An Eviction Notice for Illegal Activity is sent by a landlord within a time-frame dictated by each State to inform the tenant that they shall have to move-out due to an illegal act committed on the premises. This type of notice is not curable, meaning, the tenant has no choice but to remove themselves from the premises or face a legal eviction by the landlord (known as a forcible entry and detainer).
Notices By State
The following States have laws and a specific eviction form for unlawful actions taking place on the premises:
- Alaska – 5 Days ()
- California – 3 Days ()
- Illinois – 5 Days
- Iowa – 3 Days ()
- Maryland – 14 Days ()
- Michigan – 24 Hours ()
- Oklahoma – Immediate ()
- Oregon – 24 Hours ( & )
- Rhode Island – 24 Hours ()
- Tennessee – Immediate or 3-Days
- Utah – 3 Days ()
- Vermont – 14 Days ()
- Washington – 3 Days ()
- West Virginia – Immediate ()
Step by Step: How to Evict a Tenant for an Illegal Act
1. Suspicion of illegal activity
- Unusual activity – Can be constituted as unpleasant or unusual odors, high traffic of visitors in and out of the property, excessive usage of utilities (the landlord or property management company can review the meters for unusual spikes or usage), the tenant has only made rental payments in cash.
- Complaints from neighbors – Complaints from neighbors should be documented at all times with all detail possible in the event it may be utilized later. Landlord or property management company will need to remain objective and research the issue in order to take appropriate action. Receiving a signed letter from a neighbor, depicting the issue and complaint will assist in supporting future claims.
2. Talk with police and hire an attorney
Based on information gathered by the landlord or property management company consult with an attorney to determine next legal steps. Of note, ensure the information is not discriminatory; the landlord should review the information in detail to identify potential of religious, racial or a disabled individual being targeted in particular. Discriminating against a tenant could hold the landlord liable and be cause of termination from the tenants perspective, along with a potential suit. Dependent on the type of activity identified, a specific division within a Policy Department may be contacted and require further information (i.e. Narcotics Division). However, should local law enforcement agencies deem an arrest is appropriate, the tenant is not automatically evicted.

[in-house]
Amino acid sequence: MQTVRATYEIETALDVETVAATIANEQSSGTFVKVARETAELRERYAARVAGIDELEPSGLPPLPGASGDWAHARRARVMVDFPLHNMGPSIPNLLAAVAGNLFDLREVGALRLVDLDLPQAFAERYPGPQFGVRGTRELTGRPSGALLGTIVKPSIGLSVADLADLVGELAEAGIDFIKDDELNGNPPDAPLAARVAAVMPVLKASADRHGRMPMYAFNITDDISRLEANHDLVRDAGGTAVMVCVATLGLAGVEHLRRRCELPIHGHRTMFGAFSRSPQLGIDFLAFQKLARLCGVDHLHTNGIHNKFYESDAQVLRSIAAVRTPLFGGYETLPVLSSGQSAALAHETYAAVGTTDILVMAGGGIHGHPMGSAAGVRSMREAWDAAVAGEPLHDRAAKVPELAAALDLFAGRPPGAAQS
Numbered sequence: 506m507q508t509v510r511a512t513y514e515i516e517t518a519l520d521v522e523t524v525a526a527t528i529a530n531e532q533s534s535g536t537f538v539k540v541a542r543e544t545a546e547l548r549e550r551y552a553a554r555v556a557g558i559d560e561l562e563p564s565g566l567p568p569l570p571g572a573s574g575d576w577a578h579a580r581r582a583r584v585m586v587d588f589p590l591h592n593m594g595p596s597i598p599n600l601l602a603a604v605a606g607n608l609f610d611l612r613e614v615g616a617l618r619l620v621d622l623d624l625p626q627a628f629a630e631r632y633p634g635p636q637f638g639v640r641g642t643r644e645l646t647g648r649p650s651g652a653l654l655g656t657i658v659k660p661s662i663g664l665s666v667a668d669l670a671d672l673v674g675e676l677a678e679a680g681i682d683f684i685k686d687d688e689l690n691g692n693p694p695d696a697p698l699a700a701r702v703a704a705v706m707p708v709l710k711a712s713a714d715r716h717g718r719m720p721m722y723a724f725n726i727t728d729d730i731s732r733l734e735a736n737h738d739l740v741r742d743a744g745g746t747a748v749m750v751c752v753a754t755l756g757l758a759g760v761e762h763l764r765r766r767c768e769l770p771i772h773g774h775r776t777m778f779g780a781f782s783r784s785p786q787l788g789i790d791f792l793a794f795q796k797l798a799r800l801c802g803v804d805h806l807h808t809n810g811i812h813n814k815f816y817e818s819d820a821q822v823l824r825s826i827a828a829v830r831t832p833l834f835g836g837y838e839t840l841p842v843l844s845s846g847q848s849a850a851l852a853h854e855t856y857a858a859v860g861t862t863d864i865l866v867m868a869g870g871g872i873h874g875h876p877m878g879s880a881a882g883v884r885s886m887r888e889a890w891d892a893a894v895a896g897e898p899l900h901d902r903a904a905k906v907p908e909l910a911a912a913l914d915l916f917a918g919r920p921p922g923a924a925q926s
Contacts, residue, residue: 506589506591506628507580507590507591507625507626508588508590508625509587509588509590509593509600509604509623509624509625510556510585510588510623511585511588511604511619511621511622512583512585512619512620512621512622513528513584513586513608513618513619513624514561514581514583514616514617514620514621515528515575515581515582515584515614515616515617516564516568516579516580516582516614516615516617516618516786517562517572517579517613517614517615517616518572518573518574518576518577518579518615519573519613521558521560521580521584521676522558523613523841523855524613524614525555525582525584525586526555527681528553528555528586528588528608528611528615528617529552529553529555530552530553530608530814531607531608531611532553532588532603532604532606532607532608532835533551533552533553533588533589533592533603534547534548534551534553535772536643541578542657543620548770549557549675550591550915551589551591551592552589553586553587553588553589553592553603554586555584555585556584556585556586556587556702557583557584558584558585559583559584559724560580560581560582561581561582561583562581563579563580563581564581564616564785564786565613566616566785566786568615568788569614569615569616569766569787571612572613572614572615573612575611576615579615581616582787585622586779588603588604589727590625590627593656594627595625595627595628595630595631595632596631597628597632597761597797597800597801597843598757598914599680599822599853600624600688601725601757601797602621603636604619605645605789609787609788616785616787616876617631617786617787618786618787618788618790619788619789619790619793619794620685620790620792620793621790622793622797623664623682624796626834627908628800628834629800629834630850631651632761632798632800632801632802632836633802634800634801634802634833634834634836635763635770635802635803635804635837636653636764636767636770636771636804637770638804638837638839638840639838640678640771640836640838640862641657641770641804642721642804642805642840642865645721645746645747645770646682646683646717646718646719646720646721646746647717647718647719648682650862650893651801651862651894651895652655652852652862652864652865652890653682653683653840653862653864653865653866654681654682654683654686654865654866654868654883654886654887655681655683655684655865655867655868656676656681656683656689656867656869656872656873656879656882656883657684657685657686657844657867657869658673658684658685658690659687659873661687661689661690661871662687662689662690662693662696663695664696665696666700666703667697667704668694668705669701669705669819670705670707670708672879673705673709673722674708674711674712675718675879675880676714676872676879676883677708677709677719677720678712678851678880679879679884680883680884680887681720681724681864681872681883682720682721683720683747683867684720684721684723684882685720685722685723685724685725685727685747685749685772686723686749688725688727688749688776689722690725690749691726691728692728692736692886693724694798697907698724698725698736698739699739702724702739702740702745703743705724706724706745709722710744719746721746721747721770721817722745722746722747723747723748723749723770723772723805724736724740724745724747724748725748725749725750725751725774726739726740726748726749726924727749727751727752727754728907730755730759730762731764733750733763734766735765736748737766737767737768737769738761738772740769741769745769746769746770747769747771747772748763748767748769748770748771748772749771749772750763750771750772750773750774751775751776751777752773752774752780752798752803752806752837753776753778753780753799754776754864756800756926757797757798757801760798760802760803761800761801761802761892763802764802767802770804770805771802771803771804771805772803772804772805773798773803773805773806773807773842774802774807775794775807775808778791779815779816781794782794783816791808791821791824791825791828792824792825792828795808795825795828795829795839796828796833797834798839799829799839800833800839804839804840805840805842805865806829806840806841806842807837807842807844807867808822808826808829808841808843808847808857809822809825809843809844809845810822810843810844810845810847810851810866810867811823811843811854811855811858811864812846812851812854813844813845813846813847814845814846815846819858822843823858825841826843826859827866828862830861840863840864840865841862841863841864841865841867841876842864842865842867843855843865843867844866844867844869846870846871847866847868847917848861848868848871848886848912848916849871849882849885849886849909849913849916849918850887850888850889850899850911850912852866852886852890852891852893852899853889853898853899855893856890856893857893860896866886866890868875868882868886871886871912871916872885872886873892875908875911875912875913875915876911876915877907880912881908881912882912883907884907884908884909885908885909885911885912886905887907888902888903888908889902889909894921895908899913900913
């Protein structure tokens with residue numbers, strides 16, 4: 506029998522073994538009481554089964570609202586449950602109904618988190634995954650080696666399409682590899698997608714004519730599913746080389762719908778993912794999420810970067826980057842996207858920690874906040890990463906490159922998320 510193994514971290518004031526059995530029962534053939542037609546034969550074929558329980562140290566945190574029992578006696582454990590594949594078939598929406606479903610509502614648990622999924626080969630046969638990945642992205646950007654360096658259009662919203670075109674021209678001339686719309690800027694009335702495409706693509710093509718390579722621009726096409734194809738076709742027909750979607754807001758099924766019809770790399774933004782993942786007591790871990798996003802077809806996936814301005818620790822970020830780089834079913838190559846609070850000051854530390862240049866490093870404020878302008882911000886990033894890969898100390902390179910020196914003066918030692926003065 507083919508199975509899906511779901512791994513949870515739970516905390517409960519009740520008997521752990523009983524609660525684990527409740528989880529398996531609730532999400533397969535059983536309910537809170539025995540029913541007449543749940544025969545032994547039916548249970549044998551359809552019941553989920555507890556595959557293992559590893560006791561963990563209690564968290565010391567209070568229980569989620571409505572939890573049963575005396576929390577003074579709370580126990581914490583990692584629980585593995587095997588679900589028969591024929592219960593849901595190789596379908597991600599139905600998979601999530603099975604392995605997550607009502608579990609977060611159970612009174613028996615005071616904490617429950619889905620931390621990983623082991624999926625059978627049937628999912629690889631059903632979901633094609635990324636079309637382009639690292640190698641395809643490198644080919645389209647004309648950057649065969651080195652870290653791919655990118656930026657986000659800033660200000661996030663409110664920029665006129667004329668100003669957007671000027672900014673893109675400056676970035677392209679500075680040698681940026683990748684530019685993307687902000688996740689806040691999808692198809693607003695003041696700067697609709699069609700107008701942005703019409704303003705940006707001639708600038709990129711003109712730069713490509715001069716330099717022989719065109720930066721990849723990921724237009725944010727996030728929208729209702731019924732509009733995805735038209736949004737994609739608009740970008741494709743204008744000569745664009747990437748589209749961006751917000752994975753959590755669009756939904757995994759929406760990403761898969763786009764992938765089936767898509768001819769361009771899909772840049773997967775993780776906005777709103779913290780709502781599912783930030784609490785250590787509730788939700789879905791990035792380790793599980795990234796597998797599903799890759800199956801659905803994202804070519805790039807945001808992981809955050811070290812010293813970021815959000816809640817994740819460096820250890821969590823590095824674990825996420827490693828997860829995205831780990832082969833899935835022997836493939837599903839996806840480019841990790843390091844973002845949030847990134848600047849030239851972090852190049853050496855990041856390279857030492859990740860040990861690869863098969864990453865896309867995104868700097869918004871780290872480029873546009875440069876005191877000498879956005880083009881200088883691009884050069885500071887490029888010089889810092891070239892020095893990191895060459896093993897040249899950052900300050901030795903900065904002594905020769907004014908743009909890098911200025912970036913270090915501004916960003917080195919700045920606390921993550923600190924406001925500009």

3. Prepare evidence
The landlord or property management company can acquire records of arrest along with any complaints filed by the neighbors to help facility an Eviction Notice. Due to Eviction Notice being in relation to illegal activity, the process may occur quicker than a traditional eviction.
4. Serve an Eviction Notice
The local tenant/landlord laws should be consulted to determine the appropriate delivery method for a Notice to Quit. Dependent on the state, some states may allow the Notice to Quit to be sent through the standard mail or first class mail, posted to the property, or it may be left at the property rented. Other states require that the Notice to Quit is delivered through a formal delivery and therefore tenant must be served. Payment to the appropriate state martial must be made in that case.
What are common types of illegal activity that can trigger an Eviction Notice?
Commonly occurring illegal activities are listed below:
- The tenant has allowed controlled substances on the premises of the property (drugs). In addition, the use, sale, manufacture or distribution of controlled substances.
- The tenant has allowed prostitute related activities to occur on the property or has allowed prostitution.
- The tenant has unlawfully possessed a firearm that resides on the property or has unlawfully used a firearm on the premises of the property.
- The tenant has obtained stolen property or property acquired through a robbery on the premises of the property.
- The tenant has shown evidence of violence, harassment, verbal abuse or made threats.
- The tenant has completed the application process fraudulently.
Can an illegal activity occurring off the property be a cause for an Eviction Notice?
Illegal activity occurring off the property can be cause for Eviction. However, this is dependent on local state laws and if the Rental Agreements listed clauses and covenants advising tenants to refrain from such activity on or off the property. The tenant will remain responsible for all terms and conditions as listed on the rental agreement, inclusive of paying rent until the lease has been terminated in full.
Can medical or legalized marijuana be subject to an Eviction Notice?
The legality of Marijuana is dependent on state and federal laws. Currently Marijuana is illegal at a Federal level however medical and recreational Marijuana is available in some states. A landlord will want to consult with legal counsel to ensure they are not discriminating against those who may need it medically and what clauses can be added to ensure illegally possessed drugs are still being addressed in the rental agreement.